Bloomberg originally reported the potential split and how Ion theoretically would stick its more than 60 independent stations into a deal with Fox's 28 local stations, including big ones in New York, Los Angeles and Chicago.
The leaked phone transcripts
Writes David Frum in The Atlantic: "Thursday’s leak to The Washington Post of President Trump’s calls with the president of Mexico and the prime minister of Australia will reverberate around the world. No leader will again speak candidly on the phone to Washington, D.C. — at least for the duration of this presidency, and perhaps for longer."
Are there truly long-term implications for U.S. diplomacy? Perhaps. But one can also wonder why a leader would get too candid on the phone, knowing full well that folks on both sides are listening and taking notes. It's why you have a discreet meeting between your aides, or talk in person and in private, on truly sensitive stuff.
Why soccer is the world's sport
A Chicago sports talk host was displaying typical American ignorance Thursday in disputing that Real Madrid is as famous a team as the Yankees. He made clear he thought soccer is a joke. They didn't even discuss a stunning move by the big Paris team to pay Barcelona $263 million merely for the transfer of Neymar, its great Brazilian, which doesn't include his roughly $36-million-a-year contract.
As The Washington Post correctly puts it, "BARCELONA — By Thursday evening, the reality had swept across an irked Barcelona and a flabbergasted Europe to a high-reaching Qatar and beyond: An athlete really could fetch $263 million just to transfer him from one club to another, before even beginning the negotiation of his wages."
A blown investment
Lynne Marek of Crain's Chicago Business writes, "Chicago venture capitalist Michael Ferro brought other wealthy businessmen together in 2011 to buy the Chicago Sun-Times in a gambit they thought would revolutionize the newspaper industry. Now they're out at least $80 million, according to some of his co-investors."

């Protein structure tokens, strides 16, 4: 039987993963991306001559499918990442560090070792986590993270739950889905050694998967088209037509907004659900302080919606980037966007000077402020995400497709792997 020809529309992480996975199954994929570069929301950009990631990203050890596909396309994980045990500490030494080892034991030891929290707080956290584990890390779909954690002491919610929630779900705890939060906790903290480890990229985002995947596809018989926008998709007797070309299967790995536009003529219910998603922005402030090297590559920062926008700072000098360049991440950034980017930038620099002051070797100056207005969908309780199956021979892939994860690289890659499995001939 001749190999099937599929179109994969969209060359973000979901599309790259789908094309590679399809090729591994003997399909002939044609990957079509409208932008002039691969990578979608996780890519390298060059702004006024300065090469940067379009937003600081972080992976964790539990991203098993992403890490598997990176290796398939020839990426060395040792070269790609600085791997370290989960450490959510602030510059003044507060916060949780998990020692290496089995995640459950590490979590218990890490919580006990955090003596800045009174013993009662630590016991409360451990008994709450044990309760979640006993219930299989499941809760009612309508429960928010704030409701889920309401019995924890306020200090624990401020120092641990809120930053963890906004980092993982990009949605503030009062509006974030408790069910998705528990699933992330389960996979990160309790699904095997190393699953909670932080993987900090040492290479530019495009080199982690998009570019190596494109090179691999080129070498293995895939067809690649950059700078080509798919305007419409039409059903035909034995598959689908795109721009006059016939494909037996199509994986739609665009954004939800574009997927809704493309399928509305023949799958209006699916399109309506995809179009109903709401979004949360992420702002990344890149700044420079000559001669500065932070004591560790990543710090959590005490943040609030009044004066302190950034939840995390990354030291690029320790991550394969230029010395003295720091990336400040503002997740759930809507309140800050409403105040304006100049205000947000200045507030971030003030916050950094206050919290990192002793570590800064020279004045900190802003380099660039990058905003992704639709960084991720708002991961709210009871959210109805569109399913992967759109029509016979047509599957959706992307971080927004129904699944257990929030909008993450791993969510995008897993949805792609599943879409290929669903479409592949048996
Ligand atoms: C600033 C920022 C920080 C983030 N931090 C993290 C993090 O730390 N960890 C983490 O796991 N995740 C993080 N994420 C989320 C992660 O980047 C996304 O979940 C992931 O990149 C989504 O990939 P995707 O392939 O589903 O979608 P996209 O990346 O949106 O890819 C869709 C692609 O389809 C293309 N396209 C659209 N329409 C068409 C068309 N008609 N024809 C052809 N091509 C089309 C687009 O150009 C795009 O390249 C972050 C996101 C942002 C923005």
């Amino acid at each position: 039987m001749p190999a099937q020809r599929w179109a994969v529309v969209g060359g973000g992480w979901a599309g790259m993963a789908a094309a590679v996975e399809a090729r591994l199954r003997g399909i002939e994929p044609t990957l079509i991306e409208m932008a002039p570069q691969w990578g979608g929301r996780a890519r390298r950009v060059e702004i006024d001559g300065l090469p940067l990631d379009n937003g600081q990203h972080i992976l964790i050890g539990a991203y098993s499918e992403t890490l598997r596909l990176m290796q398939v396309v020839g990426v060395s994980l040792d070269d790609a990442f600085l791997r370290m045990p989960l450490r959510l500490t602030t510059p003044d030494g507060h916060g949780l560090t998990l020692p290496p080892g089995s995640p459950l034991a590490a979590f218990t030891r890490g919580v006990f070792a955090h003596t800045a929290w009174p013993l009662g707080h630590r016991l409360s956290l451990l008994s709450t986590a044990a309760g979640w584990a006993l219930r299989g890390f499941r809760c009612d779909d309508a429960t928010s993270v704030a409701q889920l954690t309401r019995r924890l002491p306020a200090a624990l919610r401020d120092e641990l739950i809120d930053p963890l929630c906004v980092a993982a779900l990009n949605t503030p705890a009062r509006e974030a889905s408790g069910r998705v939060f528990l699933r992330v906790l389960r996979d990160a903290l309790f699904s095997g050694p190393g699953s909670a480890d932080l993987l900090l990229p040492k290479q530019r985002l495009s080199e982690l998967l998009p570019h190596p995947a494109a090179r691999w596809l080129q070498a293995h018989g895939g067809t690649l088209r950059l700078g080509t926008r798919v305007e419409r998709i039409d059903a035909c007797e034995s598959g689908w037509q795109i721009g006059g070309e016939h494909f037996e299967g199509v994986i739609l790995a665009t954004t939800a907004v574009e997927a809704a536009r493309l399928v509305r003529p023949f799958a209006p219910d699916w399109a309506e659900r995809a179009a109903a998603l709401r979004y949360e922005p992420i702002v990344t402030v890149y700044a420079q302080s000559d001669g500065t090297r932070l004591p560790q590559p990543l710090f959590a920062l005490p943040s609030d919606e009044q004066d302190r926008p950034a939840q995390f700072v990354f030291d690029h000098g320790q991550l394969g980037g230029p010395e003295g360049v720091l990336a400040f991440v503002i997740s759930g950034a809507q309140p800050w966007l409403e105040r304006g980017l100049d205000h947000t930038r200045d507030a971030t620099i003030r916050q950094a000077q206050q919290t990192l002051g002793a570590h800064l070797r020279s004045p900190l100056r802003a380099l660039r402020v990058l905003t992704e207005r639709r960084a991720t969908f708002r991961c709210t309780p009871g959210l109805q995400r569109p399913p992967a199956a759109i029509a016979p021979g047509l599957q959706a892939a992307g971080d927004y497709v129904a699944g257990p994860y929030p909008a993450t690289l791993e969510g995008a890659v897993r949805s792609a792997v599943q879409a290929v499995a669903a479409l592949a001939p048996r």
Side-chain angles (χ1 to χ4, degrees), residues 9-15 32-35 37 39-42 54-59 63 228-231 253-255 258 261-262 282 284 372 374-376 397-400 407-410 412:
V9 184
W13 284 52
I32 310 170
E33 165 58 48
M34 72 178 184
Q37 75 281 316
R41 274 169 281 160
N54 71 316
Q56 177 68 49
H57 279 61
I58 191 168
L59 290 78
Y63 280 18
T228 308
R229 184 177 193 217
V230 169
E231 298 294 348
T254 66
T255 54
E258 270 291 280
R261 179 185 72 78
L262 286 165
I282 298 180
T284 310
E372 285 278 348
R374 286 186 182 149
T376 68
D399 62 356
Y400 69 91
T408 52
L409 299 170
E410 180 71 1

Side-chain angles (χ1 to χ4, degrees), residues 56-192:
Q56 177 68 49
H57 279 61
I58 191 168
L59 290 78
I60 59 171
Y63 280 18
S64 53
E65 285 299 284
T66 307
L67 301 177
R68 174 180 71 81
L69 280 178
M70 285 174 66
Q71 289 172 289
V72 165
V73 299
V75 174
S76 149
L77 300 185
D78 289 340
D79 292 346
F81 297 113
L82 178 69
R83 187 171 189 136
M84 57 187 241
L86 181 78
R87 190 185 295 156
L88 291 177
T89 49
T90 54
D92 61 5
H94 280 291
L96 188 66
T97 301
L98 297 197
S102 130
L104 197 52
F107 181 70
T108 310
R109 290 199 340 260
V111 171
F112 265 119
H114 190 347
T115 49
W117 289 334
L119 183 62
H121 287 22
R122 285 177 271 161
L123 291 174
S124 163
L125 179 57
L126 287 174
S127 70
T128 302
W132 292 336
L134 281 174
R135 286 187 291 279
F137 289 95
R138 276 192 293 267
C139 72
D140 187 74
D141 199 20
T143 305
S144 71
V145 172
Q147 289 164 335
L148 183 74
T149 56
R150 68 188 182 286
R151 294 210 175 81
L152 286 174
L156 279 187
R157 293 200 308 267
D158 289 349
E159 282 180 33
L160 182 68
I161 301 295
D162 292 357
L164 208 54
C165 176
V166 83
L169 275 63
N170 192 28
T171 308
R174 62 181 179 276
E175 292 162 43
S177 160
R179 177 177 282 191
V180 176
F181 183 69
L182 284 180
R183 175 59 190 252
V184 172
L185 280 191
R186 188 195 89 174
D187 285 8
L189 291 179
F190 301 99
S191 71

"Ferro, former chairman of Sun-Times parent Wrapports, jumped last year to rival Chicago Tribune's parent, rolling some of his Wrapports co-investors into a $44 million investment in that company, which he renamed Tronc. After they sold the Sun-Times for a $1 last month, some are disillusioned about the experience."
Lost in the news fray
New Hampshire a "drug-infested den?" That's what President Trump said in one of those phone calls whose transcripts were disclosed. Writes the Union-Leader in Manchester:
"President Donald Trump said he 'won New Hampshire because New Hampshire is a drug-infested den,' a comment that outraged Granite Staters but led one GOP supporter to say his remark was on the money."
Oh, Trump lost New Hampshire last November. He was referring to winning the Republican primary.
There's no legislative antibiotic that will help
Even STAT, the terrific new health website, missed this" "After persistent efforts by Republicans to wipe out the healthcare law over the past seven years, experts warned that the repeated attempts at eradicating Obamacare may have created an ultra-resistant super law."
Thanks to the medical mavens at The Onion.
That's it for the week. Blissfully, it's a kids' sports-free weekend, including a Vermont wedding. Eliot Warren, 8, did play in last week's Welles Park Junior All-Star game, grounding out hitting left-handed and bouncing into a fielder's choice right-handed. After snacks, he didn't seem to care that his team was creamed.